Erja Lyytinen – ‘Live In London’ Album Review

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On Erja Lyytinen’s ‘Live in London’, two legends come together for a very special live album that will have blues fans succumbing to the throes of ecstasy. On the one hand you have the astonishing Erja, Lyytinen, who’s been recording for over fifteen years and who has been nicknamed “the Finnish slide goddess” and on the other hand you have the 100 club, arguably the oldest music venue in the world with a proud tradition of supporting artists such as Muddy Waters, B.B. King, The Who, Rolling Stones and many, many more. The arrival of Erja in such a place seems to be a talismanic event because, as this CD/DVD set attests, she plays with a fire and fluidity that sees Erja set to stand shoulder to shoulder with the blues greats to whom she pays frequent tribute. Working alongside the top-notch band featuring Davide Floreno, bassist Roger Inniss and drummer Miri Miettinen, Erja puts on an unforgettable show which is perfectly captured in this stunning two disc set.

The album opens a Capella, with Erja showing off her wonderfully smoky voice on the short, beautiful ‘It’s a blessing’. It’s an astonishing performance which recalls Janis Joplin’s ‘pearl’ set whilst the guitar stabs recall the opening bars of Led Zeppelin’s ‘rock ‘n’ roll’. Things really kick into gear on the dirty blues of ‘Let it shine’ which is underpinned by the rolling thunder of Miri Miettinen’s drums. Immediately Erja draws the listener to her with her seductive voice and then, when she unleashes her slide work, you can see why she is one of the most revered slide guitarists on the planet. Taking her cue from the likes of Sonny Landreth, her slide work gives the guitar its own unique voice within the band and the result is breath taking from the off – it’s a wonderful one-two punch with which to open a concert and there’s no sign of let up when Erja launches into Elmore James’ ‘person to person’, the first of four Elmore tracks featured on the album. It says much of Erja’s indomitable spirit and exquisite ability that she both pays perfect tribute to the original whilst at the same time embodying it with her own spirit and the performance is electrifying. Another Elmore James track appears in the form of the brief, irresistible ‘Hand in hand’ which manages the trick of being both perfectly traditional and yet entirely fresh thanks to the sublime slide work that predominates. Things take a slightly funkier turn with the wah-inflected ‘grip of the blues’, an Erja original that shows that her song-writing abilities are at least the equal of her amazing musical talents and it’s a simple pleasure to relax into a piece of music that surrounds and caresses the listener with its deft touch and it says much that this live recording sounds far better than some bands’ studio work. Another Erja original appears next in the form of the beautifully understated ‘Change of season’, a slow-building number that highlights Erja’s versatility. One of those tracks that slowly works its way into the consciousness, it’s an extended piece that has a toe in both the blues and classic rock and the solo is just lovely.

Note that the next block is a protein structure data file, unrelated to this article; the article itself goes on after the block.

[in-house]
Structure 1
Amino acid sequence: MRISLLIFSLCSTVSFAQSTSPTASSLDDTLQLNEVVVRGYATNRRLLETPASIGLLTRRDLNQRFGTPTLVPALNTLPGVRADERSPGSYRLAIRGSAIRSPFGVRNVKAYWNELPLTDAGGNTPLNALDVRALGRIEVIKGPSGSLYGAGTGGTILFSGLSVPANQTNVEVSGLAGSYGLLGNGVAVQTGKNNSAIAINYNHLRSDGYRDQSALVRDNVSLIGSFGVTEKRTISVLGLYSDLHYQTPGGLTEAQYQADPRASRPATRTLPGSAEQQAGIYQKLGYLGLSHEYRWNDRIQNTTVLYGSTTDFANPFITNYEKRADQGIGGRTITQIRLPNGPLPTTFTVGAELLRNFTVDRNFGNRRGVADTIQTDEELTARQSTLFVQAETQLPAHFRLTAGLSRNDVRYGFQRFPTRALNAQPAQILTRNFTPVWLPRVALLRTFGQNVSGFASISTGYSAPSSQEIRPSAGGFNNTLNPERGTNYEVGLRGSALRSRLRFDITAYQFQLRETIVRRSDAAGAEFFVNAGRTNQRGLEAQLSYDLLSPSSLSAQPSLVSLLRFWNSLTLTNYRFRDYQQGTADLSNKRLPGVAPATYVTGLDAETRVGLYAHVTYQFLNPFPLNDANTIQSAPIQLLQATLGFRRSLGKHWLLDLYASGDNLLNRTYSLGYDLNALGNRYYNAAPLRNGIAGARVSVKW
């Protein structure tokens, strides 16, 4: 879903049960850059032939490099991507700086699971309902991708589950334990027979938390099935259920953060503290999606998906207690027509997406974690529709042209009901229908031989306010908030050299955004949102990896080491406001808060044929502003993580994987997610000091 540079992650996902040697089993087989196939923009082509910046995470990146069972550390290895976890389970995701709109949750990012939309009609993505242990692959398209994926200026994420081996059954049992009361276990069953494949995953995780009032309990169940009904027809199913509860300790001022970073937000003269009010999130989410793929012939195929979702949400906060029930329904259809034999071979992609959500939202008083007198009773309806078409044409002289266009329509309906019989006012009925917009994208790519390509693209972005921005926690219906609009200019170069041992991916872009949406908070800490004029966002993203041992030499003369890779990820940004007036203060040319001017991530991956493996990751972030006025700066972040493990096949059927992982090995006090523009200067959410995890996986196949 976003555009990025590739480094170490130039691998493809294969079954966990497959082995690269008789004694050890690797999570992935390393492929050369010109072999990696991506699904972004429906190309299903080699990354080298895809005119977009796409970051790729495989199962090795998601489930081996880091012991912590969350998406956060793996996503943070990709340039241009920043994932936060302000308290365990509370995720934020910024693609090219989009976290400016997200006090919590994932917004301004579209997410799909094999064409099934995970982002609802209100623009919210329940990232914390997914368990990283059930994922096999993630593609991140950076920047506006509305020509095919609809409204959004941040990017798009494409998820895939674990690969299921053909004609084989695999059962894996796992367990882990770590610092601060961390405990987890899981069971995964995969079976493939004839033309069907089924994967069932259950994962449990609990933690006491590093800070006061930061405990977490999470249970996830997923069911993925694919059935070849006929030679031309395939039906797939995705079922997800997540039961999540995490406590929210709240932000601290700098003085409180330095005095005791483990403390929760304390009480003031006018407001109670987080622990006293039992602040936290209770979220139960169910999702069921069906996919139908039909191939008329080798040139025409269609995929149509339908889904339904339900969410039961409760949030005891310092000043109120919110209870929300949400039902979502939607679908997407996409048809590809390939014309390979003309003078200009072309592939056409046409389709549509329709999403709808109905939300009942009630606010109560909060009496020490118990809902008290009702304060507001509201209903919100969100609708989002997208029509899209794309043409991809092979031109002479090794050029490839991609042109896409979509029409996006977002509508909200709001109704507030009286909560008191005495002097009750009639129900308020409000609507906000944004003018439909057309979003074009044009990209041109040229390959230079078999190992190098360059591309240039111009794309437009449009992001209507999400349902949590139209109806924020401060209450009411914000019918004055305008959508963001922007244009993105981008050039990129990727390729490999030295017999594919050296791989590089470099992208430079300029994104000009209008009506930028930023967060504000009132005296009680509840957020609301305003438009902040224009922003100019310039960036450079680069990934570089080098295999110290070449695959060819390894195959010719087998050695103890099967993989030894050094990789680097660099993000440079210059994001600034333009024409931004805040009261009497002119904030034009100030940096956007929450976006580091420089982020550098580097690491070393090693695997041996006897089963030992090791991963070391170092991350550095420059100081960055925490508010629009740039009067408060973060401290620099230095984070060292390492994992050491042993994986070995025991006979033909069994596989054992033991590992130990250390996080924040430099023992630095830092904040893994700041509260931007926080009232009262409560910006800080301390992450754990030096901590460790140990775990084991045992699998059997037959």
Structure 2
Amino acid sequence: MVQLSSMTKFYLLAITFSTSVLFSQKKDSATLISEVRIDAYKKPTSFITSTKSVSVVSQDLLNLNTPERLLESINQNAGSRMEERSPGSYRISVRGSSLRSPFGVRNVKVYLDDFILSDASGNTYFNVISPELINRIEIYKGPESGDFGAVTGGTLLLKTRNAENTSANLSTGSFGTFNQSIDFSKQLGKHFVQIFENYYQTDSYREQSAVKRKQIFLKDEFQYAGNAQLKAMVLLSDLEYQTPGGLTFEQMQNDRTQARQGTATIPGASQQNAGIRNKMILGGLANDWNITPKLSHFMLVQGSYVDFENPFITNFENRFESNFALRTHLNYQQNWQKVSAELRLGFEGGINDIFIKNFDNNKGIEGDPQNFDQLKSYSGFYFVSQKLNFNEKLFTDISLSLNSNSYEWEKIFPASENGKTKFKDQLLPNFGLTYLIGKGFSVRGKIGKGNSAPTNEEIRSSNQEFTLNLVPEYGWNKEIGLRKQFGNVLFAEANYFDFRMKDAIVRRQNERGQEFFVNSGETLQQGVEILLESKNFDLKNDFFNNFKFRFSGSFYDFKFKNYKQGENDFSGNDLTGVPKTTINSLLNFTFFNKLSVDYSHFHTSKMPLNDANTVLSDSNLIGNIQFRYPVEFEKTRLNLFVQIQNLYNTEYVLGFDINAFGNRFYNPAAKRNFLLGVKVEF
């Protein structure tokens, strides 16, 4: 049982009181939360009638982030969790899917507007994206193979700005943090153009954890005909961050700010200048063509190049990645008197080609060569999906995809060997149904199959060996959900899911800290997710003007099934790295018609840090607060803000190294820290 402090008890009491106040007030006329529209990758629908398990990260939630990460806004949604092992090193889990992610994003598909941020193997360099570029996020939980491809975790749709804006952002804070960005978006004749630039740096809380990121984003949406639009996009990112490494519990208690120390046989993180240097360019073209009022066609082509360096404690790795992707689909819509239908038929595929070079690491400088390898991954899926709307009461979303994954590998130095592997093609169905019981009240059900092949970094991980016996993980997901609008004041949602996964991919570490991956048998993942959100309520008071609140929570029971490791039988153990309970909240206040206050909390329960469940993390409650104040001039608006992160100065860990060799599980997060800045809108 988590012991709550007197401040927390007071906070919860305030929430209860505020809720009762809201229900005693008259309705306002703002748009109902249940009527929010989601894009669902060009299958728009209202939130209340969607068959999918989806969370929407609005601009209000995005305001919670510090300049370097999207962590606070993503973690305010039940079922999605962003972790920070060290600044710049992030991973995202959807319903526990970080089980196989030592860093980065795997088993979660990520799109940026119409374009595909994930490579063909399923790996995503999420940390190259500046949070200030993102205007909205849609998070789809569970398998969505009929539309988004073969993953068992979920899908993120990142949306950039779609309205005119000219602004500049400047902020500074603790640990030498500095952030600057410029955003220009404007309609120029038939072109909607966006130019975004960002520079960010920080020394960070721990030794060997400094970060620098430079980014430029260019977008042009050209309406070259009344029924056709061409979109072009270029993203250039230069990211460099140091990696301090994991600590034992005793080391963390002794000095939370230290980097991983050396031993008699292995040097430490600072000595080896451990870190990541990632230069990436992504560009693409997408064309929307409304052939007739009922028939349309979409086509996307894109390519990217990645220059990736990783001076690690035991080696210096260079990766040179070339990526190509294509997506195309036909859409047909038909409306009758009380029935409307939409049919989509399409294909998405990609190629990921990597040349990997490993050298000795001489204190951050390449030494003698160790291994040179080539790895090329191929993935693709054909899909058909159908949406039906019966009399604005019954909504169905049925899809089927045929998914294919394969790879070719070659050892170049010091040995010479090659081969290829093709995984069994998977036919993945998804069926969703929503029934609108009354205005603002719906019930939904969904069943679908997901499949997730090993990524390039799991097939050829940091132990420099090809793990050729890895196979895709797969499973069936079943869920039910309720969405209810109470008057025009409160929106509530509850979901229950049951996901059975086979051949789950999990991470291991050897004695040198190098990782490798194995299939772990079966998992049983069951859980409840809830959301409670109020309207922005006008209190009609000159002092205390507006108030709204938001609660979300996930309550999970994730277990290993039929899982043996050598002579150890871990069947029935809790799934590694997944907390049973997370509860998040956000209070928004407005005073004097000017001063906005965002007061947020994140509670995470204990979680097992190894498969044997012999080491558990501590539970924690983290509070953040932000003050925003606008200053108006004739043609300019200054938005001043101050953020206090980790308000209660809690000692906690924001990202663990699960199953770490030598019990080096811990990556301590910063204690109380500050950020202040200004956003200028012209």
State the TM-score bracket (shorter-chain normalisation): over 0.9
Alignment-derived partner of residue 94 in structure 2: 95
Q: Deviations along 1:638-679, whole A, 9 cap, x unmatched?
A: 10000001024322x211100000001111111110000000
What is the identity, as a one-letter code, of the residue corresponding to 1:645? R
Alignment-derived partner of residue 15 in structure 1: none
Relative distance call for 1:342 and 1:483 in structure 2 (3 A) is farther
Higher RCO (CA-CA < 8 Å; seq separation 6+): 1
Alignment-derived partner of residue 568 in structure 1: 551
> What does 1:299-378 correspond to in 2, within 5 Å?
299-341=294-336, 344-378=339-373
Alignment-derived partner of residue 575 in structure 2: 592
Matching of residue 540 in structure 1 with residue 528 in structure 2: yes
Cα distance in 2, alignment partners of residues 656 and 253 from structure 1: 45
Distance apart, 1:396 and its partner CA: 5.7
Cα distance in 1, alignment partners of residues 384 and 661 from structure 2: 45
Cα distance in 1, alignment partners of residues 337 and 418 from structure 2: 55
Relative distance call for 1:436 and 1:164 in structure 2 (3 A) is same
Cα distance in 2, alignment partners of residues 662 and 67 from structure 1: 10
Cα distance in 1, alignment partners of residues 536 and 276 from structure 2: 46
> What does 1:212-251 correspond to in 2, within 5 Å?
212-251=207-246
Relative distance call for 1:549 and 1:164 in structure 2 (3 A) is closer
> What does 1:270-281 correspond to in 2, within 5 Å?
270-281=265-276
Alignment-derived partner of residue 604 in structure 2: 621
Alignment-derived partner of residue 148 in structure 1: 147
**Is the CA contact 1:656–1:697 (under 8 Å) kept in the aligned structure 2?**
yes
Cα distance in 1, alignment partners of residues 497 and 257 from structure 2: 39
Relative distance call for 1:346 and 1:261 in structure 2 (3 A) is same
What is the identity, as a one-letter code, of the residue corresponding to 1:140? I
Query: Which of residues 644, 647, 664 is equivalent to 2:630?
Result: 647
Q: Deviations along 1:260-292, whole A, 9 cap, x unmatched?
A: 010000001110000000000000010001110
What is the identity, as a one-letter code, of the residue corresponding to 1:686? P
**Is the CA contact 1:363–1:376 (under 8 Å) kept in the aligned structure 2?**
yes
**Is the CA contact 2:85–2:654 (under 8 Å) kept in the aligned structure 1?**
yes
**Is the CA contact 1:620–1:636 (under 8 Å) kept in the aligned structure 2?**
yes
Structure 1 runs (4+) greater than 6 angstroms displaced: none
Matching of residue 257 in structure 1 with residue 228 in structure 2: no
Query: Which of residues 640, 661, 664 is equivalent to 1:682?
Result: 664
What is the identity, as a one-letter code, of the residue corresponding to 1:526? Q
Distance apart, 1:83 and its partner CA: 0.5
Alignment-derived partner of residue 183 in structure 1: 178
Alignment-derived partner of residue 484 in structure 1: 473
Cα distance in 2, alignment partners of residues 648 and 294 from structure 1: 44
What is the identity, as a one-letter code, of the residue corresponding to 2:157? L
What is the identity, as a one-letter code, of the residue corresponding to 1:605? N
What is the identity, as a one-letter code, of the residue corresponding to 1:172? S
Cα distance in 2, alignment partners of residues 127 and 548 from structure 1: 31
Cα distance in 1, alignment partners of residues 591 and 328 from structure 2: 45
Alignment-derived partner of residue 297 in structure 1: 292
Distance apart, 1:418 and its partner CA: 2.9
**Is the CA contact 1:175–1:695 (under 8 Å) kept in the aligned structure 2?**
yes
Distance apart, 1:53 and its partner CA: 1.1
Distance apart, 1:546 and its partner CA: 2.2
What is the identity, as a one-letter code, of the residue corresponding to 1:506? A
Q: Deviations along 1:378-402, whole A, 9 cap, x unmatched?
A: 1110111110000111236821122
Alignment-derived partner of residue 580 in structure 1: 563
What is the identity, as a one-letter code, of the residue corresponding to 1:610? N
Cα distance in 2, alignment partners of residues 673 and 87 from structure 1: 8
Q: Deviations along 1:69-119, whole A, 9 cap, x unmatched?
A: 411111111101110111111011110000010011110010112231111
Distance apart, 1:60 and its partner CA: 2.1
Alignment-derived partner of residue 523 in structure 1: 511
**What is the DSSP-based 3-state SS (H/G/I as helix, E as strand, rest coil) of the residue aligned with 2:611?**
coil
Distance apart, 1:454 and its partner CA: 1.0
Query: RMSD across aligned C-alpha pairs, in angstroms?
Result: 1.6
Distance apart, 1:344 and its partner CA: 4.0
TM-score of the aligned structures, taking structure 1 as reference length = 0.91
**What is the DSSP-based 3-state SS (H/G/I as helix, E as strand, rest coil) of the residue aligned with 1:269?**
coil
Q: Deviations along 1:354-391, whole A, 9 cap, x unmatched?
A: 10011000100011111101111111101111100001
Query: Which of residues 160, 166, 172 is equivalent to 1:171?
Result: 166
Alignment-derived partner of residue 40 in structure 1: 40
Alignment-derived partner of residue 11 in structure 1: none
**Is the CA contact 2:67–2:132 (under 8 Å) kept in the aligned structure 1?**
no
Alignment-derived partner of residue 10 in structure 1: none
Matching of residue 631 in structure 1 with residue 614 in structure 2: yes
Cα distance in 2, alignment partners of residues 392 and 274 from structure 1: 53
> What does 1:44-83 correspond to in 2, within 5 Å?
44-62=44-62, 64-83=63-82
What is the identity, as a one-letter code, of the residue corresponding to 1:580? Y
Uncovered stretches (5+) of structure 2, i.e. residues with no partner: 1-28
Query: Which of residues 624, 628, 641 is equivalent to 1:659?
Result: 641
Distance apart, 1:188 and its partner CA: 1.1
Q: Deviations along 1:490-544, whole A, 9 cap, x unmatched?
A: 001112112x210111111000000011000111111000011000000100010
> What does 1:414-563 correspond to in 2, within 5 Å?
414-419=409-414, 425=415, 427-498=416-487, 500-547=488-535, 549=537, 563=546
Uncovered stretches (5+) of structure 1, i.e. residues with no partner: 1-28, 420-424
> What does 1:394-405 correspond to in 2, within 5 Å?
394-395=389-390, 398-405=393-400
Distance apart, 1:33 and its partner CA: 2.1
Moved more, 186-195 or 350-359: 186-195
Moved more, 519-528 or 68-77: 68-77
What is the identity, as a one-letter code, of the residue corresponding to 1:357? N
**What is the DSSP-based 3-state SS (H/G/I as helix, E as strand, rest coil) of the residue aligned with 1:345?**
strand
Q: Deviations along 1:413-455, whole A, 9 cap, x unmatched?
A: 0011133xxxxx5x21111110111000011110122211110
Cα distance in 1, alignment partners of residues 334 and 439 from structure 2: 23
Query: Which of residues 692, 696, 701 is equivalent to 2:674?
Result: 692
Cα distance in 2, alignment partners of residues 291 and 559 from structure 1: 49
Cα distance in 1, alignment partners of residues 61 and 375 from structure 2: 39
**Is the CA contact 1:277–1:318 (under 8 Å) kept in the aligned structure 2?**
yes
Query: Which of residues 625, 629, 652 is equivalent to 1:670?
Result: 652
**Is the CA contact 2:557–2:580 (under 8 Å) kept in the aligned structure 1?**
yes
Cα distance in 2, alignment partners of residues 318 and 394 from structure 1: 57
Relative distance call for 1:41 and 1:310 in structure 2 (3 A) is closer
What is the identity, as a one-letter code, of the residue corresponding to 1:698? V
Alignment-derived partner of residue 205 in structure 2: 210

Having slowed the pace, Erja gets things really cooking with the soulful, sassy ‘Everything’s fine’ which sees Roger Innis laying down a slinky bassline over which the band jam out some really cooking guitar work. Speaking of cooking guitar work, ‘Hold on together’ is the point at which the band move from smoking to full on incendiary with Erja’s fingers flashing over the fret-board. With an extended sing along that gets the audience involved (and the home audience wishing that they could be), ‘hold on together’ is, without a doubt, a soaring high point on an album that is already filled with sizzling moments. The work of Elmore James makes a return for ‘The sky is crying’, a stunning piece that opens as Erja makes her guitar gently weep with her astonishingly evocative slide work. Another Elmore James number that is kicked off with Erja’s distinctive tones is ‘it hurts me too’ and, again, the listener can only wonder at how Erja takes such iconic music and makes it her own without degrading the power of the original material. This last point is bought into particularly sharp relief when the album concludes with a wonderfully extended jam around the classic ‘dust my broom’, a fourteen minute epic that leaves the listener dizzied by the musicianship on display.

Like all the great blues artists, Erja is both a writer and a passionate player who has no qualms about paying tribute to the wonderful artists that have gone before. Her covers are respectful but without awe, allowing her to inhabit the song, stamping her own unique identity onto the piece whilst maintaining the integrity of the original. It is, quite simply, thrilling to hear and the live album passes in the blink of an eye, such is the love which she inspires in her audience. In a year of great blues releases (and there have been many, including albums from Ian Siegal, Dan Patlansky, Sonny Landreth and, of course, Joe Bonamassa) Erja still manages to shine thanks to her dusky vocal tones and amazing guitar work. Like the very best artists, she is an intuitive player and when she employs the slide her guitar truly sings to the listener. At its best the blues is one of the most compelling, life-affirming genres and Erja Lyytinen embodies that quality perfectly. This is an absolutely exceptional album, and the beautifully shot and intimate DVD is really only the icing on the cake – you can see a trailer of that below. If you consider yourself a blues fan… well, if you consider yourself a fan of music in general, really, then this is a nothing less than essential release.

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